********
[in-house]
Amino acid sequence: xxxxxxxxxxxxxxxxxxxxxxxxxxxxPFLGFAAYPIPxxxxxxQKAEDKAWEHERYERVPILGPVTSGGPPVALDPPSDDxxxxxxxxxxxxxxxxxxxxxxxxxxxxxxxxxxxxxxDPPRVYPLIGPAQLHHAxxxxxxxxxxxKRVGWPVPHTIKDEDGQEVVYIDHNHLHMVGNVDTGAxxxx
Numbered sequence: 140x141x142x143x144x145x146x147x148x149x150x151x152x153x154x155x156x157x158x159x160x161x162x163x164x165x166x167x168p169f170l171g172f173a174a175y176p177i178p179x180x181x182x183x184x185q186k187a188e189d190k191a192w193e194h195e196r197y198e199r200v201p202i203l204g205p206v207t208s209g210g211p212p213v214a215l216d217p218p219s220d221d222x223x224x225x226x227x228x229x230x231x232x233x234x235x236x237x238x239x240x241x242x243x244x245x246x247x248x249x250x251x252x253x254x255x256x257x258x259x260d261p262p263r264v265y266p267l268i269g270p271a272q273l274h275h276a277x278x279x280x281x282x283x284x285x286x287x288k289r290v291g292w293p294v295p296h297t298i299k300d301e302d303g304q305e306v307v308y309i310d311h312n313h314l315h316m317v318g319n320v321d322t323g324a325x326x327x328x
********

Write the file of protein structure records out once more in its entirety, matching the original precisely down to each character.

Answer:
[in-house]
Amino acid sequence: xxxxxxxxxxxxxxxxxxxxxxxxxxxxPFLGFAAYPIPxxxxxxQKAEDKAWEHERYERVPILGPVTSGGPPVALDPPSDDxxxxxxxxxxxxxxxxxxxxxxxxxxxxxxxxxxxxxxDPPRVYPLIGPAQLHHAxxxxxxxxxxxKRVGWPVPHTIKDEDGQEVVYIDHNHLHMVGNVDTGAxxxx
Numbered sequence: 140x141x142x143x144x145x146x147x148x149x150x151x152x153x154x155x156x157x158x159x160x161x162x163x164x165x166x167x168p169f170l171g172f173a174a175y176p177i178p179x180x181x182x183x184x185q186k187a188e189d190k191a192w193e194h195e196r197y198e199r200v201p202i203l204g205p206v207t208s209g210g211p212p213v214a215l216d217p218p219s220d221d222x223x224x225x226x227x228x229x230x231x232x233x234x235x236x237x238x239x240x241x242x243x244x245x246x247x248x249x250x251x252x253x254x255x256x257x258x259x260d261p262p263r264v265y266p267l268i269g270p271a272q273l274h275h276a277x278x279x280x281x282x283x284x285x286x287x288k289r290v291g292w293p294v295p296h297t298i299k300d301e302d303g304q305e306v307v308y309i310d311h312n313h314l315h316m317v318g319n320v321d322t323g324a325x326x327x328x